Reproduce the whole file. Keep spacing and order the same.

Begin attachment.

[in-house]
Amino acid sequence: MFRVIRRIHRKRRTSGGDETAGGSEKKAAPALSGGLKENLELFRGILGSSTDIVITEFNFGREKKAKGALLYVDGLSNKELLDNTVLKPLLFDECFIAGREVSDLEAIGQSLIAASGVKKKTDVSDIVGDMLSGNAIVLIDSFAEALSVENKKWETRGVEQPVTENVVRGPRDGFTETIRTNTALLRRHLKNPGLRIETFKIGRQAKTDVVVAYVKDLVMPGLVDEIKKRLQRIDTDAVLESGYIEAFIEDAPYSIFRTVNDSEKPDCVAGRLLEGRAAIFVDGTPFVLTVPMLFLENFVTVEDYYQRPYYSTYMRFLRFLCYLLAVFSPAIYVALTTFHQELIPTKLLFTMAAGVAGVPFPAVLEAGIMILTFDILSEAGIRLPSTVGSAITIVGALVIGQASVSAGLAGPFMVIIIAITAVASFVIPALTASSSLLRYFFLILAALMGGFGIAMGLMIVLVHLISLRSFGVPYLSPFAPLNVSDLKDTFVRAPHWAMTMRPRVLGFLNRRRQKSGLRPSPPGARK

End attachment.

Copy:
[in-house]
Amino acid sequence: MFRVIRRIHRKRRTSGGDETAGGSEKKAAPALSGGLKENLELFRGILGSSTDIVITEFNFGREKKAKGALLYVDGLSNKELLDNTVLKPLLFDECFIAGREVSDLEAIGQSLIAASGVKKKTDVSDIVGDMLSGNAIVLIDSFAEALSVENKKWETRGVEQPVTENVVRGPRDGFTETIRTNTALLRRHLKNPGLRIETFKIGRQAKTDVVVAYVKDLVMPGLVDEIKKRLQRIDTDAVLESGYIEAFIEDAPYSIFRTVNDSEKPDCVAGRLLEGRAAIFVDGTPFVLTVPMLFLENFVTVEDYYQRPYYSTYMRFLRFLCYLLAVFSPAIYVALTTFHQELIPTKLLFTMAAGVAGVPFPAVLEAGIMILTFDILSEAGIRLPSTVGSAITIVGALVIGQASVSAGLAGPFMVIIIAITAVASFVIPALTASSSLLRYFFLILAALMGGFGIAMGLMIVLVHLISLRSFGVPYLSPFAPLNVSDLKDTFVRAPHWAMTMRPRVLGFLNRRRQKSGLRPSPPGARK